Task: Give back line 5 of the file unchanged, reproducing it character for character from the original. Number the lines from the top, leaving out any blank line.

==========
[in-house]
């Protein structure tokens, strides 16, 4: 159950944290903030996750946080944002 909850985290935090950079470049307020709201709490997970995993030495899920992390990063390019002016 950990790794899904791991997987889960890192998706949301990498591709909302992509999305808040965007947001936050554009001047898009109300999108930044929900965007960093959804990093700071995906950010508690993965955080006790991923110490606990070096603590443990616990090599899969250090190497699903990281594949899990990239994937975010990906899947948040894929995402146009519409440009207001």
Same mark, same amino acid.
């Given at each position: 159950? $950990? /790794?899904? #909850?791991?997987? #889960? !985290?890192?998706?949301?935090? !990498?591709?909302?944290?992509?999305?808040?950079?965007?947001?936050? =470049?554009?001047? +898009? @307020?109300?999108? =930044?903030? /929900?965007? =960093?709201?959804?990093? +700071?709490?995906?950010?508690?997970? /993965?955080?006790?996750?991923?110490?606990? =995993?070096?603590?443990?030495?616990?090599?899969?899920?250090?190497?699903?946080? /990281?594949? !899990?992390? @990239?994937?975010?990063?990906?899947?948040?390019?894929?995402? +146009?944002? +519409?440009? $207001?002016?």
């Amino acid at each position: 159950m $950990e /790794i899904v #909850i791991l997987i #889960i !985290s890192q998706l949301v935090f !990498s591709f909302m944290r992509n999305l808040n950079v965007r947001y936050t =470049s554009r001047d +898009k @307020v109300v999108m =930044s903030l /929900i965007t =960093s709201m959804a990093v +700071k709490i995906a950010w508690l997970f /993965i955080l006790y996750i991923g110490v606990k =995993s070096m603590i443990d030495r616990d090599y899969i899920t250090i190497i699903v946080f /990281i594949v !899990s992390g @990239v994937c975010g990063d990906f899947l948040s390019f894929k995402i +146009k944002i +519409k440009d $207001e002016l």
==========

């Amino acid at each position: 159950m $950990e /790794i899904v #909850i791991l997987i #889960i !985290s890192q998706l949301v935090f !990498s591709f909302m944290r992509n999305l808040n950079v965007r947001y936050t =470049s554009r001047d +898009k @307020v109300v999108m =930044s903030l /929900i965007t =960093s709201m959804a990093v +700071k709490i995906a950010w508690l997970f /993965i955080l006790y996750i991923g110490v606990k =995993s070096m603590i443990d030495r616990d090599y899969i899920t250090i190497i699903v946080f /990281i594949v !899990s992390g @990239v994937c975010g990063d990906f899947l948040s390019f894929k995402i +146009k944002i +519409k440009d $207001e002016l």